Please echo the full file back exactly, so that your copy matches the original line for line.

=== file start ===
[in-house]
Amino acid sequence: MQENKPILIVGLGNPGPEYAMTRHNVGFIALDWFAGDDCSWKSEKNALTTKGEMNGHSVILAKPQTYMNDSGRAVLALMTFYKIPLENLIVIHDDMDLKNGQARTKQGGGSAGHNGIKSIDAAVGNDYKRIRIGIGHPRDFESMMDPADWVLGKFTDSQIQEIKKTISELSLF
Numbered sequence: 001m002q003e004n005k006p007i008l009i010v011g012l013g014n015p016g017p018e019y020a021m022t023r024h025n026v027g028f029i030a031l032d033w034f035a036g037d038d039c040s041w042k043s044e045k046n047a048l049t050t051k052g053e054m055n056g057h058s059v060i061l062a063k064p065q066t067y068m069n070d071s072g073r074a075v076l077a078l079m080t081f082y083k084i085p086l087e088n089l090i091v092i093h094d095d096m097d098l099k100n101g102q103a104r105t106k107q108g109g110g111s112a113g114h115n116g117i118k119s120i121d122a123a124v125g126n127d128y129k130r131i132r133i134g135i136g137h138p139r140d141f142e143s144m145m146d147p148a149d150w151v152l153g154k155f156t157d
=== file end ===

[in-house]
Amino acid sequence: MQENKPILIVGLGNPGPEYAMTRHNVGFIALDWFAGDDCSWKSEKNALTTKGEMNGHSVILAKPQTYMNDSGRAVLALMTFYKIPLENLIVIHDDMDLKNGQARTKQGGGSAGHNGIKSIDAAVGNDYKRIRIGIGHPRDFESMMDPADWVLGKFTDSQIQEIKKTISELSLF
Numbered sequence: 001m002q003e004n005k006p007i008l009i010v011g012l013g014n015p016g017p018e019y020a021m022t023r024h025n026v027g028f029i030a031l032d033w034f035a036g037d038d039c040s041w042k043s044e045k046n047a048l049t050t051k052g053e054m055n056g057h058s059v060i061l062a063k064p065q066t067y068m069n070d071s072g073r074a075v076l077a078l079m080t081f082y083k084i085p086l087e088n089l090i091v092i093h094d095d096m097d098l099k100n101g102q103a104r105t106k107q108g109g110g111s112a113g114h115n116g117i118k119s120i121d122a123a124v125g126n127d128y129k130r131i132r133i134g135i136g137h138p139r140d141f142e143s144m145m146d147p148a149d150w151v152l153g154k155f156t157d